Jeff and I were both incredibly lucky in our careers. We hit things at the right times, with the right interests and expertise, in the right city (Seattle), and we profited handsomely from it. We always knew this and we´ve been grateful. Our initial foray into being Foster Parents was because we could. We knew we had something to share. And we wanted our children to be grateful for the lifestyle we all enjoyed, which came with the trappings that neither Jeff nor myself could have dreamed of as children. But, at times, it worried me. Would my kids become entitled or selfish? Would they wonder what other people worried about, if they didn´t get the latest toy or go on a fancy holiday to an exciting locale? Would they develop empathy?
I decided that we needed to expose them to how people lived who were at the other end of the economic scale. And not just serving Thanksgiving dinner in a soup kitchen once a year (although that´s a good thing, too.) We went to the local tent city encampment on multiple occasions and made meals and served them. But when there I encouraged my kids to sit down and talk to people, asking them questions about their lives, hearing their stories, and sharing theirs’s too. Emilie and I spent time at a food pantry in Pioneer Square organizing and distributing food to the homeless. And also for families who were living on the verge of homelessness. Seattle´s homeless problem is out of control. Last time we were there tents lined the sidewalks every evening. In a city with so much tech money it´s horrible to think there isn´t a solution to the vast divide between the richest people in the world living there (Gates and Bezos), and the poorest of the poor. Emilie likes to organize things so that food pantry didn´t know what hit them as she inventoried and then categorized food for easy distribution.
The Director was blown away. ´How old is she? ´she asked me.
´She´s 12. ´ I told her. ´But Emilie was born to organize chaos. It´s her superpower. ´
She laughed. ´Can she come to my house?´
My kids loved it when we would do these things. It made them feel good while they were helping other human beings. Connected to the community. And it gave them perspective on their own lives. Everyone needs perspective.
Since we´ve lived in Valencia we haven´t been involved in much charitable work. I´ll admit that the language barrier has intimidated me a bit. There is a good social safety net in Spain. But this year it´s been stretched to the breaking point and walking down to the Centro Commercial (mall) today to get groceries – yes, our elevator is finally repaired – we saw homeless people asleep on benches near the tram. This is the first time. Sure, you see a few people in the park periodically, but nothing like you see in the US. It made me stop and think. Yes, it´s been a tough year, both personally and globally. But we´re here. We´re alive and we´re getting healthy, and we have the means to recover. Many people do not. More and more people across the world will not.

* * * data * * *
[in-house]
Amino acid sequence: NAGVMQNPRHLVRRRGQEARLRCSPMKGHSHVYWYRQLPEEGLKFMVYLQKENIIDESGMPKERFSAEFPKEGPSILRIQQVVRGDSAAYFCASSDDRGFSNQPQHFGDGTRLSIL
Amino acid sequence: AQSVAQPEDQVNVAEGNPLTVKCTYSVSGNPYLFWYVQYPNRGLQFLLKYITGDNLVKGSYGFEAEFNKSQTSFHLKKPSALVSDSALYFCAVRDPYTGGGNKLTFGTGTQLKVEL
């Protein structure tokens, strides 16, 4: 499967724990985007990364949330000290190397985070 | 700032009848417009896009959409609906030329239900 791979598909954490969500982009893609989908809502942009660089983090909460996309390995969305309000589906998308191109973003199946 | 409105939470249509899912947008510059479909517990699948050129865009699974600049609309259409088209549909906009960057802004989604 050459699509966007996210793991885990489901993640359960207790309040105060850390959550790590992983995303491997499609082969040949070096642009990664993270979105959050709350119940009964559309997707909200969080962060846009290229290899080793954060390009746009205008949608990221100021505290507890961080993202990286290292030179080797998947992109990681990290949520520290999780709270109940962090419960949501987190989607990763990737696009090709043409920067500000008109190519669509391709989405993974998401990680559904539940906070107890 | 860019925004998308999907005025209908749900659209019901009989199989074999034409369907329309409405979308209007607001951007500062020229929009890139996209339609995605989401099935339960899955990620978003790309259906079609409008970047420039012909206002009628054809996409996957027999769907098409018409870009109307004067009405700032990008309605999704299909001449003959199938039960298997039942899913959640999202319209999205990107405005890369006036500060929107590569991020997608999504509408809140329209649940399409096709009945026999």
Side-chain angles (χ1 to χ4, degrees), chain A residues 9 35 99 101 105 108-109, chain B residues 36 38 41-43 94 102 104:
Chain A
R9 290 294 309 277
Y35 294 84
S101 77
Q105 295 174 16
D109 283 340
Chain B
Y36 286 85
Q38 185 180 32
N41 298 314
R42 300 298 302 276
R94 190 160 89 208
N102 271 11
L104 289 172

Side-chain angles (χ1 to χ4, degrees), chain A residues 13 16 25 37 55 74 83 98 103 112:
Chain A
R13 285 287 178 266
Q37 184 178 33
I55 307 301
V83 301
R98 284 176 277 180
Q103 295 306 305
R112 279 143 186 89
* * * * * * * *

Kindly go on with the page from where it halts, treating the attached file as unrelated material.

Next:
Before our elevator broke, Jeff had gone to the Mercadona and there was an organization at the entrance asking for donations for a local charity who is trying to soften the impacts of food shortages in the local community. They handed him this flyer and he agreed to go in and purchase a few additional items along with our groceries. He said they were very surprised when he picked up everything on the list and promptly dropped it off at their collection station. He had the food trolley, so 5 kilos of rice wasn´t such a strain. He came home disturbed and wanted to go back and donate more, but it was too late and the store was closed.
Today, we came home with our groceries and looked at our box of things from El Corte Ingles in the kitchen. And then I reached out to an organization here in Valencia who feeds the poorest of the poor. These are populations living in abandoned buildings or shanty towns. You can see them when you take the train out of Valencia, as they’re often along the tracks. No running water or heat. People living outside of the social system who are not entitled to the ERTE (unemployment) or other assistance – perhaps because of their immigration status, or perhaps addictions issues. But the folks at Fundacion Ayuda Una Familia don´t care about that. They just feed people every week of the year. And they´re responsive – getting back to me right away with a hearty ´Yes! We are happy to take the Iberian Ham leg and cured meats off your hands.´ So Jeff and I will be making a drive out there to drop off the box and some other things we´ve picked up. If you’re local to Valencia you might click on the link to learn more about them.
This year, more than any I can remember, I appreciate what we have and recognize that we need to share it more than ever before. The world is hurting- not just from the virus but it´s wake. It will leave a long tail behind it that will have lasting consequences in people´s lives for years to come. Our neighbours in our building can have the wine and booze from the box. The rest will go to people who are truly hungry. Maybe the way to heal ourselves this year is to help heal each other. Here in el Compartimento we´re determined it will start with us.